A: OK, this one might not be totally bizarre. Maybe this person just doesn’t understand the nature of the tax credit. It’s meant to be an incentive to buy, and to create some urgency by imposing a looming deadline, beyond which we don’t know — at this time — whether there will be a credit at all.
This is why it stimulates homebuying. If they announced now that the credit would still be around in 2015, or will be increasing next year, the tax credit would not be effective at creating the sense of urgency on the part of homebuyers that is needed to turn this thing around (as it might already have started doing).
Does that leave buyers without a critical piece of information? Yes. But that’s the whole point! You can’t have everything — you can’t have the certainty of securing the credit now and a guarantee that if it goes up, you’ll get the benefit of that, too. The people who took the 2008 credit had no idea it would go up and be converted from a loan to a refundable credit.
But if they wanted certainty of getting a tax credit, they had to buy then. And no, they didn’t retroactively get the benefits of the 2009 credit just because they’re nice people. You can have the certainty of getting the credit while the getting’s good, or the potential for a larger credit understanding that if you wait you might get no credit at all. Is there risk in that? Yes. But you can’t have it both ways.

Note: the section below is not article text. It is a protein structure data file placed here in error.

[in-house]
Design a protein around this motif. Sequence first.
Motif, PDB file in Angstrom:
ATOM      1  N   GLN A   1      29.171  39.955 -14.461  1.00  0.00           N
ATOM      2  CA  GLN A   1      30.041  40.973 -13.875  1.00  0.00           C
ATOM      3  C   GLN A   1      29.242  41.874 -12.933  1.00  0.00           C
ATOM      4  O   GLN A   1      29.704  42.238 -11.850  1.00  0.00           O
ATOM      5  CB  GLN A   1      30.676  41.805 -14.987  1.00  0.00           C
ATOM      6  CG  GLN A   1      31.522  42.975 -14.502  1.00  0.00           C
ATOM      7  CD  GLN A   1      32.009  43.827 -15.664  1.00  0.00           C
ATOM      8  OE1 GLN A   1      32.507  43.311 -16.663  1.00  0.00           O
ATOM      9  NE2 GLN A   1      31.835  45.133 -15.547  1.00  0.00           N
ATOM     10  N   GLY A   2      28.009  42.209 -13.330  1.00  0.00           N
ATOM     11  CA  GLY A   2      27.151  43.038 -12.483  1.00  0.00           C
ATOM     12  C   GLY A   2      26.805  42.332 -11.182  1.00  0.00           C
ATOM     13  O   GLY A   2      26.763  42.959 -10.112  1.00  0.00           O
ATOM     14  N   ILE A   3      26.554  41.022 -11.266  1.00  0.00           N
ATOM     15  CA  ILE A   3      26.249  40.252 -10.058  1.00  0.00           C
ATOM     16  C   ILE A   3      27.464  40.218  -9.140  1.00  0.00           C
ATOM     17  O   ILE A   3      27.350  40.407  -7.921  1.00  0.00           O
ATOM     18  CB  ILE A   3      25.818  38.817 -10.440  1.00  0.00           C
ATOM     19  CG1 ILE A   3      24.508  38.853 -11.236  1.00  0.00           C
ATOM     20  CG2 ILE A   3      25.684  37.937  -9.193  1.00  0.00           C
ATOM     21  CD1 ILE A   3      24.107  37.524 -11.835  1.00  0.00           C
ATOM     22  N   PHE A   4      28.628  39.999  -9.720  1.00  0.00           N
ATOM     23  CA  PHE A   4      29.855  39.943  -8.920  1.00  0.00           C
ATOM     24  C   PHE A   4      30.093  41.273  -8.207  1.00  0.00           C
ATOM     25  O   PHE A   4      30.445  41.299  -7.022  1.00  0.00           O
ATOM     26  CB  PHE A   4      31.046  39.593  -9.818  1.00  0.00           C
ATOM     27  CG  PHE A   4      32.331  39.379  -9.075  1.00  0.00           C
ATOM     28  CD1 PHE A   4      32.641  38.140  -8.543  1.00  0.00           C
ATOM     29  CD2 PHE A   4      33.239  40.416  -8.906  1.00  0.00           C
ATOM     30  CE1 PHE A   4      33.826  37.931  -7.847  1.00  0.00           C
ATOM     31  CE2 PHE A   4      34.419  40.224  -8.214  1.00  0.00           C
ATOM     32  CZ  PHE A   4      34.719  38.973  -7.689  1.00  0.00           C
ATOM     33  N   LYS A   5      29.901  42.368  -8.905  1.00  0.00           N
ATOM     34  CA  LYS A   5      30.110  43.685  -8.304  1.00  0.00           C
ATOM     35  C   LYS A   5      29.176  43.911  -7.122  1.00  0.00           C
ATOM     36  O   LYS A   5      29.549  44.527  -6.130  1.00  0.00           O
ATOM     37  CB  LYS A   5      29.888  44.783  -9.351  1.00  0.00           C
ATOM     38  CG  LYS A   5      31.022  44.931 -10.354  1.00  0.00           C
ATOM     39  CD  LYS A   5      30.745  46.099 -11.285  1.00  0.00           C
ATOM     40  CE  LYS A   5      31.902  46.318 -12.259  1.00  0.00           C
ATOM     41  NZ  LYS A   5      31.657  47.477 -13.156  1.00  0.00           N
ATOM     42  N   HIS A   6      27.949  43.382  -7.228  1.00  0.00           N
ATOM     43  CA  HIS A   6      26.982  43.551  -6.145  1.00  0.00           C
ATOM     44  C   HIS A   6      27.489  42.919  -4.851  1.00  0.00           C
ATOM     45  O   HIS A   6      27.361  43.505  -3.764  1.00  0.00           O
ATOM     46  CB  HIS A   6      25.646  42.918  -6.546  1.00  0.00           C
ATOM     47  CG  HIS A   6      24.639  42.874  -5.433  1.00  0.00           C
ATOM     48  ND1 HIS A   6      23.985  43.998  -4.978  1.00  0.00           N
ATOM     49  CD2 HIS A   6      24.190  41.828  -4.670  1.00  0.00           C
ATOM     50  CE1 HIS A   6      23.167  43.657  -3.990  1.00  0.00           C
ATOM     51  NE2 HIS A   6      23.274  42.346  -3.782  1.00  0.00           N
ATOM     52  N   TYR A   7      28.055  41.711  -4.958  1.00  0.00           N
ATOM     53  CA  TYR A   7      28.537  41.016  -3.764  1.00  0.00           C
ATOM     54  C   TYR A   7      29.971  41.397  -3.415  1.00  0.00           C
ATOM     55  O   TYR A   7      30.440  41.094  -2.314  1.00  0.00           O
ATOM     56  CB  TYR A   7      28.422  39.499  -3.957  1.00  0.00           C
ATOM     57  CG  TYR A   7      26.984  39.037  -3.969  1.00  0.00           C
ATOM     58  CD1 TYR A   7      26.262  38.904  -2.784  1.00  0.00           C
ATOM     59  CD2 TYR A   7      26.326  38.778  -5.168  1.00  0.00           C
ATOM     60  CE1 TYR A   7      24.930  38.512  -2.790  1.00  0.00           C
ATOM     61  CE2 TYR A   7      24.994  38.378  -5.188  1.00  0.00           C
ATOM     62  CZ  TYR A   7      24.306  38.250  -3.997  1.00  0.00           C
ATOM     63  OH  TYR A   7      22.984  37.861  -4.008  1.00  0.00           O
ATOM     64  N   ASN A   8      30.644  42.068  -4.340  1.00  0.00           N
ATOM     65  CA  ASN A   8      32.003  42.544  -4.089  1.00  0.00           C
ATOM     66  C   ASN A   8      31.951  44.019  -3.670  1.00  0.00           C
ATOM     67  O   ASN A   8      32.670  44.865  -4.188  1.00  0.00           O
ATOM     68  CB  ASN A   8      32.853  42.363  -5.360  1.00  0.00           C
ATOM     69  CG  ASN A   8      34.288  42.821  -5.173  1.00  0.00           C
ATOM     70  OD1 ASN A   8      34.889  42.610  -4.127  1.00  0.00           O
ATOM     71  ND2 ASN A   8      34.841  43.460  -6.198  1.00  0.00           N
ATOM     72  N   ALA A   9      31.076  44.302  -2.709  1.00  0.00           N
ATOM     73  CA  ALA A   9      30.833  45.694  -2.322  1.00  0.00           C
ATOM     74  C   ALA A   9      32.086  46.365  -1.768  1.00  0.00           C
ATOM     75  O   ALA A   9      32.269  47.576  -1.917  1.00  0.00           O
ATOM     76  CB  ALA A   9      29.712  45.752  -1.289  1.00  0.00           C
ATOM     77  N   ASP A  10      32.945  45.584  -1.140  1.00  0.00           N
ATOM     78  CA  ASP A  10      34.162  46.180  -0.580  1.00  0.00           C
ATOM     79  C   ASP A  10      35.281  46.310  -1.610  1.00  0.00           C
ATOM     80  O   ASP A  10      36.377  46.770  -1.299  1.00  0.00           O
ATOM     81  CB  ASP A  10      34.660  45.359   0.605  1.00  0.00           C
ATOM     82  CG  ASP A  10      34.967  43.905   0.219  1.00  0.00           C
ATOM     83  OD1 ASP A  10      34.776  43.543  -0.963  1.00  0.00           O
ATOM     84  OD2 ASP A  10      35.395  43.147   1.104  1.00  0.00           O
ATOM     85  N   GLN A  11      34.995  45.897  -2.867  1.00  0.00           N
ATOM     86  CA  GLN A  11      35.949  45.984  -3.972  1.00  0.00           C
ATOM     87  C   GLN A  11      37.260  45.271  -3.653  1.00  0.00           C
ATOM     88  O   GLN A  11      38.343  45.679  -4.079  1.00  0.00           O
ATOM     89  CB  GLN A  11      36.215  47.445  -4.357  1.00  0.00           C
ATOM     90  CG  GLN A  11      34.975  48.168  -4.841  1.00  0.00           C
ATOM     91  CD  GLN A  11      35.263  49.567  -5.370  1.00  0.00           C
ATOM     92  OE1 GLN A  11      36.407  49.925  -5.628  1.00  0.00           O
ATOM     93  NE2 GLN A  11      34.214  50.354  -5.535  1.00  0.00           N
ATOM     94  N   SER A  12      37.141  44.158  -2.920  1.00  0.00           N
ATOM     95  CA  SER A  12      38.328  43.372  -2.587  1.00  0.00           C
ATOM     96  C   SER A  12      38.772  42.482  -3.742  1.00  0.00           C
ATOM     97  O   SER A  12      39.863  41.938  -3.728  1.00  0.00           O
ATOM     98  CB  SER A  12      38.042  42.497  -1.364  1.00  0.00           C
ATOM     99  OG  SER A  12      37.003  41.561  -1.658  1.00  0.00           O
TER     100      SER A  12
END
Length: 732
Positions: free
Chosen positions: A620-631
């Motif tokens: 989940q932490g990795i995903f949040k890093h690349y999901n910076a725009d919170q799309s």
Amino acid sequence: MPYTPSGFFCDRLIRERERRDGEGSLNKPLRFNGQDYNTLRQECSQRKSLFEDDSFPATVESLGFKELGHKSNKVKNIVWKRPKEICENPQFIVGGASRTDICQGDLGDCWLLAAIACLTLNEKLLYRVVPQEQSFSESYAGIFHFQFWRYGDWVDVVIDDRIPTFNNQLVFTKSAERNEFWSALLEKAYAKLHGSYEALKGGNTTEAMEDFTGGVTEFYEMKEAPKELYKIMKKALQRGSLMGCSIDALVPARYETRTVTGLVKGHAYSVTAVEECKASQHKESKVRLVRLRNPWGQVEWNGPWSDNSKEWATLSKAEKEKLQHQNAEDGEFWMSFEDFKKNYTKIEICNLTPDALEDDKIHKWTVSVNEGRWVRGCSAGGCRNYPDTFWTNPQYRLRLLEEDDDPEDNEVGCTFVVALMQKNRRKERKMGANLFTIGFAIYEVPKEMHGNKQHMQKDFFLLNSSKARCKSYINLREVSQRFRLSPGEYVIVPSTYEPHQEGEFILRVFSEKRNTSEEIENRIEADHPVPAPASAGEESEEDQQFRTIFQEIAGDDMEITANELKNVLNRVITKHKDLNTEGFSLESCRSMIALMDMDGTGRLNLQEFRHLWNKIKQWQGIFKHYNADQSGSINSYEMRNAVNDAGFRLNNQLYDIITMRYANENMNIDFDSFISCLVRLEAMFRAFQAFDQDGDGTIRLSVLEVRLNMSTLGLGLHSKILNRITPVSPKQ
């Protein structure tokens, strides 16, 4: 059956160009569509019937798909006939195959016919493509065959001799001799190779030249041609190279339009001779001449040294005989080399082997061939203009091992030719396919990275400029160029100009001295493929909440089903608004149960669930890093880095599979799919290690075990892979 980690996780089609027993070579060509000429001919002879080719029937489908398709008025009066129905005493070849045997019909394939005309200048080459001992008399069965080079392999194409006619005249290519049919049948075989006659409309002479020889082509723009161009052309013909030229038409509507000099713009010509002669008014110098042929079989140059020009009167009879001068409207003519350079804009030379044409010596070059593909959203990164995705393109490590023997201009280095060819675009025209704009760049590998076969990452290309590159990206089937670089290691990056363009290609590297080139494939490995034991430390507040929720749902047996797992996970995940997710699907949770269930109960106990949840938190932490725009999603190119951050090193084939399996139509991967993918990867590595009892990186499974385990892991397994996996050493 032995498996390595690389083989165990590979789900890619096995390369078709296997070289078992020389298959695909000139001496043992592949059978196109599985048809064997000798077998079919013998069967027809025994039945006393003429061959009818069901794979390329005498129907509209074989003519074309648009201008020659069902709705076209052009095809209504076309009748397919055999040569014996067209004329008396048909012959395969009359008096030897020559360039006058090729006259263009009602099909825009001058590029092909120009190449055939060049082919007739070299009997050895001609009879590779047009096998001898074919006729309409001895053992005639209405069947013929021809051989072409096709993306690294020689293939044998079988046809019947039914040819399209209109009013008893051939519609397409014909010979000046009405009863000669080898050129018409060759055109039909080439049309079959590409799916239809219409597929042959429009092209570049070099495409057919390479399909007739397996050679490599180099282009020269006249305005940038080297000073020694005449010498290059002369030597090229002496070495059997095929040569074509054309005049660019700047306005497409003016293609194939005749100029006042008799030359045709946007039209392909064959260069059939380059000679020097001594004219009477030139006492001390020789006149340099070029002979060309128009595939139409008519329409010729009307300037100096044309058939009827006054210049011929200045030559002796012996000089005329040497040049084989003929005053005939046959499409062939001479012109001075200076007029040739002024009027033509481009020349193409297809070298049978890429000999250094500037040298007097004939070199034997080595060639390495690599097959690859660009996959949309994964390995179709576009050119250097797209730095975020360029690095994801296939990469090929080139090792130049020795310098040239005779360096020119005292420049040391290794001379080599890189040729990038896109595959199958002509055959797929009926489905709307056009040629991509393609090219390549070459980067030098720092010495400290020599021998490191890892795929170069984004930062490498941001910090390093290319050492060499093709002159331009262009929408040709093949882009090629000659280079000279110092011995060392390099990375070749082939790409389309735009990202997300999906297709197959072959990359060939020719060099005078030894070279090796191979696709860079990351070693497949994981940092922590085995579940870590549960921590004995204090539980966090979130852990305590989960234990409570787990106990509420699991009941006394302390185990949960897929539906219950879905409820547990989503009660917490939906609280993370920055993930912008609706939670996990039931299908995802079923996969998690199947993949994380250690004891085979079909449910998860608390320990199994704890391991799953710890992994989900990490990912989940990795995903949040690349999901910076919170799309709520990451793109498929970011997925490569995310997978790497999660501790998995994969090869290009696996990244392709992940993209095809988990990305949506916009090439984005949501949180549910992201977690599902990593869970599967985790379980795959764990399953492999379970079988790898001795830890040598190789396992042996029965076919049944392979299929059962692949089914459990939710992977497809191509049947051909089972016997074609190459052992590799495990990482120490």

Here’s another one:
Q: "I’m a self-employed consultant. I bring in about $200,000 a year from my contracts but my taxes show about $30,000 a year because I’m, let’s just say, aggressive with my deductions. (Side note: This consumer was not a real estate broker. Moving along …) I know you needed my 1040 to get me preapproved for a mortgage, but I’m just going to send you over some of the recent checks I’ve received from my clients, instead, because I need to be approved for way more than I could buy on $30 grand, heh heh heh."
A: Uh, you might have a problem. Unless you have some payroll check stubs or W-2s to document your income, the after-the-bubble rule of income documentation for the self-employed is: Your income for mortgage qualifying purposes is the amount of income you pay taxes on. Period. You can’t have it both ways. …CONTINUED
Other eyebrow-raisers come from various listing agents, including this increasingly popular manufactured obstacle to a win-win: